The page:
The Paul & Daisy Soros Fellowships For New Americans' Arnav Chhabra (2014 Fellow) has always been ahead of the game. He started working at the prestigious MD Anderson Cancer Center in Houston, Texas when he was a teenager, and had his first peer-reviewed study published before he graduated from high school. Not only did Arnav continue to publish as an undergraduate researcher and mechanical engineering major at the University of Texas-Austin, his alma mater, he also graduated with a perfect 4.0 (early, no less).
It’s no surprise, then, that Arnav, a PhD candidate in the Medical Engineering and Medical Physics program at the Harvard-MIT Division of Health Sciences and Technology, has been named to Forbes' "30 Under 30" 2016 class at the ripe age of 24. The annual list spotlights 600 young leaders across 20 sectors.
"I grew up in northern India and then moved to Houston, Texas when I was 15 years old. Living in two different countries and cultures, and seeing the differences and similarities between the two, made me the scientist and engineer that I am today. I am well-equipped as a New American to help bridge the gap between health problems and medical resources." - Arnav Chhabra, 2014 Fellow
How did Arnav get the judges' attention? Arnav is working on a game-changer: a "liver on a chip." The technology will replicate the pathophysiology of the human liver, ending the need for animal testing or invasive research practices.
Arnav explained, "The number of available organs for liver transplanation is extremely limited but the death rate from end-stage liver failure keeps increasing. Our lab is trying to leverage advances in the fields of bioengineering and molecular biology to engineer tissue grafts that, once implanted, can grow and overtake the functionality of the native liver. In addition to studying drug responses, we have utilized the 'liver on a chip' developed in our lab to study how the human liver regenerates."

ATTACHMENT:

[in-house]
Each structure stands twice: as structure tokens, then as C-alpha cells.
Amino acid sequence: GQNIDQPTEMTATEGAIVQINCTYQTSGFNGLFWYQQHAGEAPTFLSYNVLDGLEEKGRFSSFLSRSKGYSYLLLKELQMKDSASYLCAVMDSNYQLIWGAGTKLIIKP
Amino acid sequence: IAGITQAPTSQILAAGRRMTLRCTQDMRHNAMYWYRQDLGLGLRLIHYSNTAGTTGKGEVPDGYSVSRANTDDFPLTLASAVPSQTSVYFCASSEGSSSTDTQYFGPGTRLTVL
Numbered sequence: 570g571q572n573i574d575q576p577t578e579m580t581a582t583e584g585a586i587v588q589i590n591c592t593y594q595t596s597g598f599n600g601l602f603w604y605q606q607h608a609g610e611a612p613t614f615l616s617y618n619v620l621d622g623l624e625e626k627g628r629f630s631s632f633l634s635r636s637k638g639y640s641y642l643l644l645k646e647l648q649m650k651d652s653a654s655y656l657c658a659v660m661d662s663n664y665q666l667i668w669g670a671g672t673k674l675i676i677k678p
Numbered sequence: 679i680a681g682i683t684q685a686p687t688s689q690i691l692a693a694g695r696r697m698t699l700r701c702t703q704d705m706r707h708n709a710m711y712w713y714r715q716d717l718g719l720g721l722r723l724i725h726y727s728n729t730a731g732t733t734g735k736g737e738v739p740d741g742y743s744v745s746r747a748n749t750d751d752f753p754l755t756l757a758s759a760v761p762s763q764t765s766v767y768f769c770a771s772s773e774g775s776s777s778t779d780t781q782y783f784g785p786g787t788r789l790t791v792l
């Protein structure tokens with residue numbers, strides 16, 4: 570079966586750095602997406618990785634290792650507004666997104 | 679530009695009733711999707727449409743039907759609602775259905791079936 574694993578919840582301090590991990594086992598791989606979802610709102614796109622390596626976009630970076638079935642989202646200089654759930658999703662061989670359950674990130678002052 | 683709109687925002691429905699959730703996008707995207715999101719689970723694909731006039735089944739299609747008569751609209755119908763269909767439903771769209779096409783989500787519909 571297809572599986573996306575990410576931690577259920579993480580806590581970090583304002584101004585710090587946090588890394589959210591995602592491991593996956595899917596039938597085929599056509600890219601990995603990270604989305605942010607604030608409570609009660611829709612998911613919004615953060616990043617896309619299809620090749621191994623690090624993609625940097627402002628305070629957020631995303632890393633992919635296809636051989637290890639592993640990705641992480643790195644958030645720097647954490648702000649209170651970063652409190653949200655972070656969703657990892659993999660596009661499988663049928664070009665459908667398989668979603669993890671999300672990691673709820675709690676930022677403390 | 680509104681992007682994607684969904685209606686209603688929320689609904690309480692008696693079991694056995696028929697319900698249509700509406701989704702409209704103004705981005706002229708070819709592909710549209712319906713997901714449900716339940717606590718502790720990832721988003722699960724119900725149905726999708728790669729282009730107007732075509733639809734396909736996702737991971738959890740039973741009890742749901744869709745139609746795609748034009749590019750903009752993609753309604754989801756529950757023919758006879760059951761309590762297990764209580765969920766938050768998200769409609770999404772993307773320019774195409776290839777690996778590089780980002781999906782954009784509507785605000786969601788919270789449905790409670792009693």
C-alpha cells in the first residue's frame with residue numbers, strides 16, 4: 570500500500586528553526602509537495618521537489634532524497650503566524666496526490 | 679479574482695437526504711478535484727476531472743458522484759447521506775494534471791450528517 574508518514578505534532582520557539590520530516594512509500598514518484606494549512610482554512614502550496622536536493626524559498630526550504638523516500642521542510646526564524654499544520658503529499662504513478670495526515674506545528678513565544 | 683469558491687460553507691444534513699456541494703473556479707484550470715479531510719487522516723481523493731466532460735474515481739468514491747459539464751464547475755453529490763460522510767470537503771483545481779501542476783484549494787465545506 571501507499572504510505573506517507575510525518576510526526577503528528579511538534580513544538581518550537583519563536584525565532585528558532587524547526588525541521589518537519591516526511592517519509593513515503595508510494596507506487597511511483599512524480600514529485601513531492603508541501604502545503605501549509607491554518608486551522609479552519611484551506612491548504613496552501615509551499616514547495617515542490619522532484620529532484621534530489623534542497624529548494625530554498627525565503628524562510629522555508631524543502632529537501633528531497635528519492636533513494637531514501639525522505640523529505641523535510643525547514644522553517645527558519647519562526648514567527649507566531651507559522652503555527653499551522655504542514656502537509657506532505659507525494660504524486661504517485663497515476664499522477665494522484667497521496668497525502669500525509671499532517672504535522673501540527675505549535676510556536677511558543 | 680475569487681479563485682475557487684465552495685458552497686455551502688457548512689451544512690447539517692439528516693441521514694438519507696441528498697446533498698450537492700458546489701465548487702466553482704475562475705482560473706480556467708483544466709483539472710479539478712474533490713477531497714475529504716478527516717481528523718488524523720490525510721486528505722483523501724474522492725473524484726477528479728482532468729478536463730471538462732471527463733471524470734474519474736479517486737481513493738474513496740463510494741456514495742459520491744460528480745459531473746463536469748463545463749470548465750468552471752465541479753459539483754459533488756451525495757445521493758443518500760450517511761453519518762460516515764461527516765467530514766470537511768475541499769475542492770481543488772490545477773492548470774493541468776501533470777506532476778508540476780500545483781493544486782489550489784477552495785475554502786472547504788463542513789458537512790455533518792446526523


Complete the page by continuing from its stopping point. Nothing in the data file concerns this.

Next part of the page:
As a member of Sangeeta Bhatia’s Laboratory for Multiscale Regenerative Technologies, Arnav is concurrently funded by the National Science Foundation and The Paul & Daisy Soros Fellowships for New Americans.
Born in India, Arnav moved to the United States with his family when he was a teenager. "I grew up in northern India and then moved to Houston, Texas when I was 15 years old. Living in two different countries and cultures, and seeing the differences and similarities between the two, made me the scientist and engineer that I am today. I am well-equipped as a New American to help bridge the gap between health problems and medical resources," Arnav said.
Arnav is not the only New American on the 2016 list. Forbes used infographics to highlight the 2016 honorees’ New American profile: 19 percent are immigrants and 17 percent are "first-generation."
A childhood photo of Arnav Chhabra (2014 Fellow) in Nainital, India. Arnav’s family immigrated to the United States and settled in Houston, Texas when Arnav was 15 years old.”
Arnav cites his family (pictured here) as one of his biggest inspirations and a major factor in his successes. In addition to their dedication to his education, Arnav’s father and mother were excellent role models. They were both medical doctors who went out of their way to care for the needy.
Several Paul & Daisy Soros Fellows have also been named to the Forbes "30 Under 30" list in years past, including Noorain Khan (2008 Fellow), Sejal Hathi (2013 Fellow), Tony Pan (2010 Fellow), Steve Xu (2011 Fellow) and Vivek Ramaswamy (2011 Fellow). This year, Vivek, who is the founder of Roivant Sciences, also served as a Forbes "30 Under 30" judge for the Healthcare category.
Arnav is side-by-side on this year’s list with Model-Designer Ashley Graham, Golden State Warriors Point Guard Stephen Curry and Actor Zosia Mamet.
To read about Arnav’s New American story, visit his profile.